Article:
BlueCross/Regence, Lifewise of Washington State, and Pacificsource insurance are accepted.  I am BCBS preferred provider.  Under your policy, I will collect a co-pay and bill the insurance company.

Nevertheless, it is important that you contact your insurance company to thoroughly understand:

  • What is amount of mental health coverage you have annually.
  • What is the amount of your mental healthcare deductible, that portion of the ongoing billing you will pay out-of-pocket before your benefits cover a portion of your mental health services?
  • If you are on Medicare, will your insurance company reimburse you for services provided to you by a licensed professional counselor (LPC)?

Out-of-network means I cannot accept a co-pay from you and bill your insurance company as a provider on your insurance company’s network of providers. It does mean that payment is requested from you at the time of service.  Within 48-72 hours, the electronic billing system bills your insurance company creating a claim and the reimbursement process to you.  Statements for HSA’s or other savings plans you may be a member of can be documented for you.

For clients who wish privacy concerning their therapy, cash payment offers that protection.

Psychotherapy and analysis are investments in yourself, your healing, and your growth toward wholeness.  You are working on your own goals and interests, work that is vital.When you call me to discuss what life issues you are facing, I will also be glad to discuss my fee with you.

Office Policies (2)

Engaging in therapy is a purposive step into a confidential process of personal work.

During our first sessions, we will talk about how long therapy tends to last for people experiencing your particular difficulty and level of severity.

Sometimes, more frequent meeting are needed for a short time at the beginning of therapy or during crisis periods until you feeling better. I see people in Jungian Analysis for longer periods of time often twice a week.  People in Jungian or psychodynamic therapy come to session once a week for a period of time.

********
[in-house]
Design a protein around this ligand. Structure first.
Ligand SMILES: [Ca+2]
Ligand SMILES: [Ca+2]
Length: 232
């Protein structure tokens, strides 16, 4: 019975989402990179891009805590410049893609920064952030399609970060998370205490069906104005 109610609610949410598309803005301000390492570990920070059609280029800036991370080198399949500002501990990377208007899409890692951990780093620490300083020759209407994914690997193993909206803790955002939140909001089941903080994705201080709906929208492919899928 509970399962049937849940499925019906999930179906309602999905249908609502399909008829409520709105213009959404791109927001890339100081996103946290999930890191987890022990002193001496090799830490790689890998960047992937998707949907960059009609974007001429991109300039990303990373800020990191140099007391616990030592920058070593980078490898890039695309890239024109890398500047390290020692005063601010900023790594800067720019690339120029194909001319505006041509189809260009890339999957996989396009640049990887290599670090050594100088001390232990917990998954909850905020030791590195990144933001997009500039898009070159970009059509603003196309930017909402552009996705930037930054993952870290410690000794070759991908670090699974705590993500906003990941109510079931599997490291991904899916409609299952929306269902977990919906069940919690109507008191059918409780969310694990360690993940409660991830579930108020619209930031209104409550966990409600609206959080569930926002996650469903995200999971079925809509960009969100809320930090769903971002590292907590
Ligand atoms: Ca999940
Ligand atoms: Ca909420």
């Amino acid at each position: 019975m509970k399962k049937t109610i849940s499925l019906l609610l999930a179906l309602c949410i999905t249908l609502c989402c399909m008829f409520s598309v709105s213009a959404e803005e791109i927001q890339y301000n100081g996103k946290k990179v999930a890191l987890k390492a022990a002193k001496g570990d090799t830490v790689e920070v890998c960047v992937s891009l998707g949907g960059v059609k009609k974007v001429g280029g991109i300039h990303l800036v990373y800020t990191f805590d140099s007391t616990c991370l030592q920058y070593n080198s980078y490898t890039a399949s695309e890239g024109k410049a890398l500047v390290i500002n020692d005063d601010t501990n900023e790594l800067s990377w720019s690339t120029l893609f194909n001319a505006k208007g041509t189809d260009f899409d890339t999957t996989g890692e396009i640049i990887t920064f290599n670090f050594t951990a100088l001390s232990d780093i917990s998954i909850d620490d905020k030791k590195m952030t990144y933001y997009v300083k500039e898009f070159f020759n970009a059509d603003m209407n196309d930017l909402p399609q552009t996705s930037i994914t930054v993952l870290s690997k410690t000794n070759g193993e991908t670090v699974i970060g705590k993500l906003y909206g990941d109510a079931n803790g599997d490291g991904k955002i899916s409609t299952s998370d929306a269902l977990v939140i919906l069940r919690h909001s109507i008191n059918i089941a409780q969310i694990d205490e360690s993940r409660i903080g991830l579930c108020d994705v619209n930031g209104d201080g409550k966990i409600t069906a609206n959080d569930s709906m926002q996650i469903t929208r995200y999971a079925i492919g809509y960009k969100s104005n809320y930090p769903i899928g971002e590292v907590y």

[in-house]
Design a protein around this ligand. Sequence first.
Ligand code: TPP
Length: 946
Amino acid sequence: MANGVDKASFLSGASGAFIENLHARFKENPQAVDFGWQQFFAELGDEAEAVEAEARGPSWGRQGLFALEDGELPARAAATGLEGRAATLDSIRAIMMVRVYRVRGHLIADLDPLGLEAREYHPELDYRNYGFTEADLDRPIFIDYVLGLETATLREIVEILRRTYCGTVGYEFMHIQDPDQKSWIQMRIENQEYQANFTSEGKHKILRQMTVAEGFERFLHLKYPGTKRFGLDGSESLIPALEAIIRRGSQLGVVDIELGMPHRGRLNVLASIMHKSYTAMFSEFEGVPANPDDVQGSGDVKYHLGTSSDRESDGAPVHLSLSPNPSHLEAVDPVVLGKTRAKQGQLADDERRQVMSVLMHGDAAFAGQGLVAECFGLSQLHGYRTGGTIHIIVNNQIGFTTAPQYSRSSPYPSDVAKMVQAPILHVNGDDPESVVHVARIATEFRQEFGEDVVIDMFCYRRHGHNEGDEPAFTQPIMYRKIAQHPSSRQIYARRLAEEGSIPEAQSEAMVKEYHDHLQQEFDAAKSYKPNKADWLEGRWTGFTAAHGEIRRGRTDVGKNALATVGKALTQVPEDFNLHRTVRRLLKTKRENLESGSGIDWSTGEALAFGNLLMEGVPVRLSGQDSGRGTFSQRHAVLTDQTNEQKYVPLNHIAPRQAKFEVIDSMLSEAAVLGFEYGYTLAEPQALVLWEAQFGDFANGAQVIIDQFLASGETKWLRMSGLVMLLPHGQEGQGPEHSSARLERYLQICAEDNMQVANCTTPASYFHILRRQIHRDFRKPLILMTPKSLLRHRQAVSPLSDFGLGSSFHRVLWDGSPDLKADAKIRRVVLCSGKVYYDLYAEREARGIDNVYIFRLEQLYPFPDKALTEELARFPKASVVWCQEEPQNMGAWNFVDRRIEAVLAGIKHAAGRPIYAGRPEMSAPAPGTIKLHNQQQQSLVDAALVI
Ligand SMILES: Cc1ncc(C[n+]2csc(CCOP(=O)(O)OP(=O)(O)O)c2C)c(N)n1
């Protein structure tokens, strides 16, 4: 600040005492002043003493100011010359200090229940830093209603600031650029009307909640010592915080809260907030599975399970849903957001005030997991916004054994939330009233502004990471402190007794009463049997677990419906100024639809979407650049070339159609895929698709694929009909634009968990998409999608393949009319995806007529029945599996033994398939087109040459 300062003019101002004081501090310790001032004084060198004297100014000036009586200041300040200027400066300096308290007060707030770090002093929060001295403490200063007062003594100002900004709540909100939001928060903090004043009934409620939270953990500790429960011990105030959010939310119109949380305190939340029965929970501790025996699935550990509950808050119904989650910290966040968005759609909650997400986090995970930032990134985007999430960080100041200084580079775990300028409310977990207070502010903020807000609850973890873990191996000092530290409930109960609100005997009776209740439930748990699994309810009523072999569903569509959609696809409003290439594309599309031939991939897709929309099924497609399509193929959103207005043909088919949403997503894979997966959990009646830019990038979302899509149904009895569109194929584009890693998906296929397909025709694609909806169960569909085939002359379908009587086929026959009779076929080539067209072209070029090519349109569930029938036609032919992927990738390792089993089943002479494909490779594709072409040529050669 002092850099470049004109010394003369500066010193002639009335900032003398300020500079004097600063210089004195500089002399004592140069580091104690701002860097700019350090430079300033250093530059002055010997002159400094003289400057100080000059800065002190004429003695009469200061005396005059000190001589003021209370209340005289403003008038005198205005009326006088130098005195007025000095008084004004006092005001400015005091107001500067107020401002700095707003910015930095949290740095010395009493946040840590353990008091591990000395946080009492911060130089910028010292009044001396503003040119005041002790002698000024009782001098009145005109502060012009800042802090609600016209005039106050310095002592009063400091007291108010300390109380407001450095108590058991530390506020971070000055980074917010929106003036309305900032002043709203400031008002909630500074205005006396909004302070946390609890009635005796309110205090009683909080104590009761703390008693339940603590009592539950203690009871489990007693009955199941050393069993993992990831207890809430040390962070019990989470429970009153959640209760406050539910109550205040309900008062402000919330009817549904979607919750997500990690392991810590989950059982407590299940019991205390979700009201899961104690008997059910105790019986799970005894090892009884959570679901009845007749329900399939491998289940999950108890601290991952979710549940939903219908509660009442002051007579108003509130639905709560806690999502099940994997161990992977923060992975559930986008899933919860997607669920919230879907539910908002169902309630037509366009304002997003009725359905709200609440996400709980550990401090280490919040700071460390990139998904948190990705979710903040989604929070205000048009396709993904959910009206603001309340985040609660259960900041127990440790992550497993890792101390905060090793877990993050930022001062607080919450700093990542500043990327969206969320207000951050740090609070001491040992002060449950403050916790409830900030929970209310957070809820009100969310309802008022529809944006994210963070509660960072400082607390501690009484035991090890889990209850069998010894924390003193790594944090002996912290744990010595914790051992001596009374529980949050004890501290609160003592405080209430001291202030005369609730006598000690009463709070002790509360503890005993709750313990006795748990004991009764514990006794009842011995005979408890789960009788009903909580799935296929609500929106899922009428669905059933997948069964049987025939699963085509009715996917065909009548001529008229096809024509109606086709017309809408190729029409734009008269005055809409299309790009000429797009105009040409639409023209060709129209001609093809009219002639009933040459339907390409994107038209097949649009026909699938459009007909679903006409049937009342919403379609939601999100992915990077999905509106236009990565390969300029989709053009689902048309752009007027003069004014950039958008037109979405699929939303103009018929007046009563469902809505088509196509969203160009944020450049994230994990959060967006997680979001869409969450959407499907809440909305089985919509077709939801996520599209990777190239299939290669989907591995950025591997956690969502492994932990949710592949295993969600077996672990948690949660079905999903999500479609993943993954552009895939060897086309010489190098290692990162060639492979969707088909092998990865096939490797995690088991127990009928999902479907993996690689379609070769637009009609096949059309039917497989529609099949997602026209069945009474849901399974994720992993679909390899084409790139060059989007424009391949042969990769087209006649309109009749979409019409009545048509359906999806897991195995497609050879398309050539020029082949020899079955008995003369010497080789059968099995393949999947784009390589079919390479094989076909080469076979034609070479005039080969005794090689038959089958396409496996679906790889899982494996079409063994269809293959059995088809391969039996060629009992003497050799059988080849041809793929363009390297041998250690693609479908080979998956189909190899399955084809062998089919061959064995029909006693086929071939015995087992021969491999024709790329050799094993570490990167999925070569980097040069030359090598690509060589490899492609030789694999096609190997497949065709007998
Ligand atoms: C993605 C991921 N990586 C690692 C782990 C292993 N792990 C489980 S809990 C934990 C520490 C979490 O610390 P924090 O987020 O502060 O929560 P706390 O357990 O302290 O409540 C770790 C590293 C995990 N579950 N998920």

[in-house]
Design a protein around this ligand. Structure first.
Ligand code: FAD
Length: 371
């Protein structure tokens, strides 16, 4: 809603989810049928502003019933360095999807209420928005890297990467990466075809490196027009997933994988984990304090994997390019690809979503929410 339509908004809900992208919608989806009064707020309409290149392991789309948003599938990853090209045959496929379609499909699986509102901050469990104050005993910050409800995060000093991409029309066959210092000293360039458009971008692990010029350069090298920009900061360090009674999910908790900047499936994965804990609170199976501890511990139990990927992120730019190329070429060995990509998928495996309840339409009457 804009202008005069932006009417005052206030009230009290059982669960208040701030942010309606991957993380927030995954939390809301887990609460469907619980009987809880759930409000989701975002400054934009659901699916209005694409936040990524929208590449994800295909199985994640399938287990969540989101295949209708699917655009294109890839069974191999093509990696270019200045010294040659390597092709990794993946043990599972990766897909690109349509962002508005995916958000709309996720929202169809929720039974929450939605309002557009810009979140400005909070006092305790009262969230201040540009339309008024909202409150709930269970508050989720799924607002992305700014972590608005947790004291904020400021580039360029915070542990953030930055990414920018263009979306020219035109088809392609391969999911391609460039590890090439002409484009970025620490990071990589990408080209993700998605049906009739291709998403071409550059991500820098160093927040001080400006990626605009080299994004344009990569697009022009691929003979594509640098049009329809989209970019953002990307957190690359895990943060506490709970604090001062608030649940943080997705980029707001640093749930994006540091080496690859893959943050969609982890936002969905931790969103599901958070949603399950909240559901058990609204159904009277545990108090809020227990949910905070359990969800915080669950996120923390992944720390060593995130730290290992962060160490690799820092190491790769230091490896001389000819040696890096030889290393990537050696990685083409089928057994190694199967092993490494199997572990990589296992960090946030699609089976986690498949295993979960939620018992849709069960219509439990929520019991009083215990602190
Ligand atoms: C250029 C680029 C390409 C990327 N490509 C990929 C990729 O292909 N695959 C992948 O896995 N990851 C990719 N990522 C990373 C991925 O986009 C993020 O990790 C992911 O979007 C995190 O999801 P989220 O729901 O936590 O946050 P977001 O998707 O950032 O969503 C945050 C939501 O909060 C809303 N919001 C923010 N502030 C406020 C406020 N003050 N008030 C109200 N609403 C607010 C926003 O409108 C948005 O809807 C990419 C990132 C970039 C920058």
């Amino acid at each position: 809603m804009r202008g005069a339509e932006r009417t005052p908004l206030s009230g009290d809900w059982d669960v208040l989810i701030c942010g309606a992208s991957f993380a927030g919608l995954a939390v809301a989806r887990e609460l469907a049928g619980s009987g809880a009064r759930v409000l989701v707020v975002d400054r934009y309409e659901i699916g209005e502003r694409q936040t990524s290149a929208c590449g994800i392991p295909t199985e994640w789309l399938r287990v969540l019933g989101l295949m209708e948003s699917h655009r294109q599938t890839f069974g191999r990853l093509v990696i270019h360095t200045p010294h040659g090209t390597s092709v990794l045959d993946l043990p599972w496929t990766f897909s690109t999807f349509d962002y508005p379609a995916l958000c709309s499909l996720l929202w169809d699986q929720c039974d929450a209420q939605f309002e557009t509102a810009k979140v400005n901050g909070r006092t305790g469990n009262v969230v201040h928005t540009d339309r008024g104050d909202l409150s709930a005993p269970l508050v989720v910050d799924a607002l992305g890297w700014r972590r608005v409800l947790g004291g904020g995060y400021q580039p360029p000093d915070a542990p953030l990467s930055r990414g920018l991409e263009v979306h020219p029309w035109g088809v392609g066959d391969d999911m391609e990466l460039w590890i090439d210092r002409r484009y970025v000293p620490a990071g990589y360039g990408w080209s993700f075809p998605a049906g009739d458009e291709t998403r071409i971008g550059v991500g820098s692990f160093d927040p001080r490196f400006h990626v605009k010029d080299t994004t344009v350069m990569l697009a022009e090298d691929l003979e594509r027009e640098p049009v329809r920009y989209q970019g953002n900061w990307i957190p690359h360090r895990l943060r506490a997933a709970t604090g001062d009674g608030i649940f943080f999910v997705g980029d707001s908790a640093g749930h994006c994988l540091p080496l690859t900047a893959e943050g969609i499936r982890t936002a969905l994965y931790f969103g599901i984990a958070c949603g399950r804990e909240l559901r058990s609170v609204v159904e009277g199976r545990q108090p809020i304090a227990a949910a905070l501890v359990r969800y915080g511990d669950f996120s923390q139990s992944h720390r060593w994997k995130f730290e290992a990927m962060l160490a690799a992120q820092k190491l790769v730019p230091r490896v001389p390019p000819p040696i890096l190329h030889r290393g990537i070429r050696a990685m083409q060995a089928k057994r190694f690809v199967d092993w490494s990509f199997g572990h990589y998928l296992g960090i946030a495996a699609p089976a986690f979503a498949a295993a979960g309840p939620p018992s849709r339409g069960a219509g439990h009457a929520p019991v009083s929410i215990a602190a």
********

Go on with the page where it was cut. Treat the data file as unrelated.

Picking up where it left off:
I see graduate and doctoral students in psychology, depth psychology, and counseling psychology who are working toward program requirements.

Sessions are 50 minutes in length.

Our First Appointment (1)

If you are early for your appointment, please take a seat on the porch or there are coffee shops nearby where you can wait comfortably:

Hollywood Library Café NE 43rd and NE Tillamook

Fleur de Lis, NE Hancock and NE 42nd

Whole Foods Market NE 43rd and NE Sandy (closest)

At your appointment time, knock on my door.  I will greet you.  We will immediately go into my office.  During the first few minutes of our first session, I will give you my policy, consent, and personal disclosure statement as required by the Oregon Board of Licensed Professional Counselors and Therapists. I am ready to respond to questions you have.

We’ll begin the conversation where you wish to begin.   I will listen and learn more about what brings you to therapy.  I’ll be determining whether or not my training and experience are a likely match your needs, and whether or not I feel I can be of help to you, or if I need to refer you to a licensed professional who is more appropriate for you. You will also be deciding whether or not you feel you want to work with me.  If you feel it is not a match, I will refer you to another licensed professional.  Within the first few sessions, we will discuss how long your therapy is likely to last, its risks and benefits, and what we will be doing during the sessions.  I will encourage you to ask questions about any concerns you have at any time during our work together.